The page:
Uh, while I thought Deus Ex was the best game I've ever played, it had a pretty linear storyline, and the fact that it had levels, much like most other First Person Shooters had levels, levels you couldn't go back to, it doesn't really have any more of a "go anywhere, do anything" feel to it than a game like Goldeneye or Doom has. You could do quite a bit, yes, but to say it had that kind of feel to it is stretching things a bit.

    Deus Ex had open-ended gameplay, where you could tackle one obsticle in various ways. That's not non-linearity.

    Morrowind let you go anywhere and do anything. I've never played it, but judging from reviews and watching my friends play, Grand Theft Auto lets you go anwhere and do anything.

    Anyway, as for the poll, I don't know. I like them both, depending on their execution. But an open ended world seems more suited for online multiplayer games, like MMORPGS. It's always fun to run around doing whatever you want, but I think the comparitive advantage single player games have over massively multiplayer games is it's capacity to present a deep, focused, well paced narrative. And with that said, I guess I'll go with linear stories... with open-ended gameplay.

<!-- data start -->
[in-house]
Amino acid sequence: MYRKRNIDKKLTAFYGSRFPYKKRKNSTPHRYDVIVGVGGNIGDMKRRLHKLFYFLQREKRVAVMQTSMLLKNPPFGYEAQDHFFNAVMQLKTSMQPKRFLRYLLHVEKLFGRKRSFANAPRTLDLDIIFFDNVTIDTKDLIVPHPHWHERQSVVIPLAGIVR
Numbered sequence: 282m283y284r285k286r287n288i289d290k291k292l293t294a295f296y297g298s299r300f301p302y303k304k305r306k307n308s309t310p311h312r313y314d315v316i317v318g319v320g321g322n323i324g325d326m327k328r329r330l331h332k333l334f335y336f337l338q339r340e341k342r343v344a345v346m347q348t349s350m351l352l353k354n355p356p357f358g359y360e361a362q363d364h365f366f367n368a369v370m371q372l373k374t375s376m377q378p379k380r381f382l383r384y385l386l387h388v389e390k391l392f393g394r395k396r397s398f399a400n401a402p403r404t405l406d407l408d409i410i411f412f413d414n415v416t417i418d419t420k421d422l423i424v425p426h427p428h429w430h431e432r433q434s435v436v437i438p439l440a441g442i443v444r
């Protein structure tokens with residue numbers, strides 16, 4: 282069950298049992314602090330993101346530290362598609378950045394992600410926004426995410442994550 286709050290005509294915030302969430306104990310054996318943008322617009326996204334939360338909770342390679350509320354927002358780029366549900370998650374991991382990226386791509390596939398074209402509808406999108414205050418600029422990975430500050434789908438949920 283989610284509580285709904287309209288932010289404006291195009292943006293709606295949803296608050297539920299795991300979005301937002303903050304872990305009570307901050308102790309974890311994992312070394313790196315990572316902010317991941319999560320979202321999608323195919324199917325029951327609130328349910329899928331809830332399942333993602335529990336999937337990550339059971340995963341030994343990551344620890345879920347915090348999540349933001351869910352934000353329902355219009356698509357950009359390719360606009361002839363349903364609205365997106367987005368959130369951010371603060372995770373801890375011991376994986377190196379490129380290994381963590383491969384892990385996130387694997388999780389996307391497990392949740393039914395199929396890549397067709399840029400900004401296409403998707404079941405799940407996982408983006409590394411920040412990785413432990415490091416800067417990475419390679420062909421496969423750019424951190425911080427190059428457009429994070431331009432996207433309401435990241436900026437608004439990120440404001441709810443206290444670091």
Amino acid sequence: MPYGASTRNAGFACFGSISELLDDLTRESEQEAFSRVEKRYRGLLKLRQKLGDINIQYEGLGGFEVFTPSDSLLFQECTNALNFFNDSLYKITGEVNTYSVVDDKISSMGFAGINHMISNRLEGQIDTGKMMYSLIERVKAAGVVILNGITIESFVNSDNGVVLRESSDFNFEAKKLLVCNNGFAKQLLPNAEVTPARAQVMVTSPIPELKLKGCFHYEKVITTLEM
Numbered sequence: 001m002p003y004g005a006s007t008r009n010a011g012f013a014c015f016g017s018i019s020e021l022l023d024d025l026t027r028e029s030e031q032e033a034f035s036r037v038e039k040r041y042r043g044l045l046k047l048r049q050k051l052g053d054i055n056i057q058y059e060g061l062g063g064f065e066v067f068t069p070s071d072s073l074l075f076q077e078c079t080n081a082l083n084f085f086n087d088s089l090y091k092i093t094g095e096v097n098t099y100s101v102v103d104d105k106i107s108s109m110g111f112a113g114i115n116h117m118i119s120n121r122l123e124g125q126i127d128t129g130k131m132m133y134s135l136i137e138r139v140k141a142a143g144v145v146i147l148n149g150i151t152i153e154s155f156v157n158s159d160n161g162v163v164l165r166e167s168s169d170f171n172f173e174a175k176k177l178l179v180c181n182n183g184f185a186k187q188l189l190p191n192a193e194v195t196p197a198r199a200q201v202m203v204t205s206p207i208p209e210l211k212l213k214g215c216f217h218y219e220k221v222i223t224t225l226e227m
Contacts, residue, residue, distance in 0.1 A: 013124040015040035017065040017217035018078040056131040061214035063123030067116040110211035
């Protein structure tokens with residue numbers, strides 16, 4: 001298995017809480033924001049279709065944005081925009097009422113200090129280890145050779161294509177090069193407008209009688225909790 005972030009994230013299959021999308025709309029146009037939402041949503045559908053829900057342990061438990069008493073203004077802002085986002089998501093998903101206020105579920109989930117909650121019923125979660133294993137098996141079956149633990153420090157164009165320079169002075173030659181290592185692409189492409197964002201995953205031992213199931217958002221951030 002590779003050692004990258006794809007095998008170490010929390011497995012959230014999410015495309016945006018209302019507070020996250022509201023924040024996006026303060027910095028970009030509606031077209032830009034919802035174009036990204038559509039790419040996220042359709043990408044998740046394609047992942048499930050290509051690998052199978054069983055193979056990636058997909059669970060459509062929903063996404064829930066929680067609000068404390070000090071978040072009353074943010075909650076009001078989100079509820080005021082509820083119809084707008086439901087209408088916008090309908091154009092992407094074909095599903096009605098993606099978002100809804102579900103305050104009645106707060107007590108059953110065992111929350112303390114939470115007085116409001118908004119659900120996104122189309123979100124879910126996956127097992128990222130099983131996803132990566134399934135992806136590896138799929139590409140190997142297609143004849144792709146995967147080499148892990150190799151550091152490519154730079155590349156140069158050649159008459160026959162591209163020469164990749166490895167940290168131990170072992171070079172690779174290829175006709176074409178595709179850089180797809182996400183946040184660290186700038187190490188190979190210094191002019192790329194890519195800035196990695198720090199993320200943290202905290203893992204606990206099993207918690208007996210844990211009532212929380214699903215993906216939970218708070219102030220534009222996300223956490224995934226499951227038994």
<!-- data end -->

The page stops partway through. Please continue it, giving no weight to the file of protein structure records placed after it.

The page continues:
24. #24
    Trollslayer Guest
    Originally posted by El Padrino
    Uh, while I thought Deus Ex was the best game I've ever played, it had a pretty linear storyline, and the fact that it had levels, much like most other First Person Shooters had levels, levels you couldn't go back to, it doesn't really have any more of a "go anywhere, do anything" feel to it than a game like Goldeneye or Doom has. You could do quite a bit, yes, but to say it had that kind of feel to it is stretching things a bit.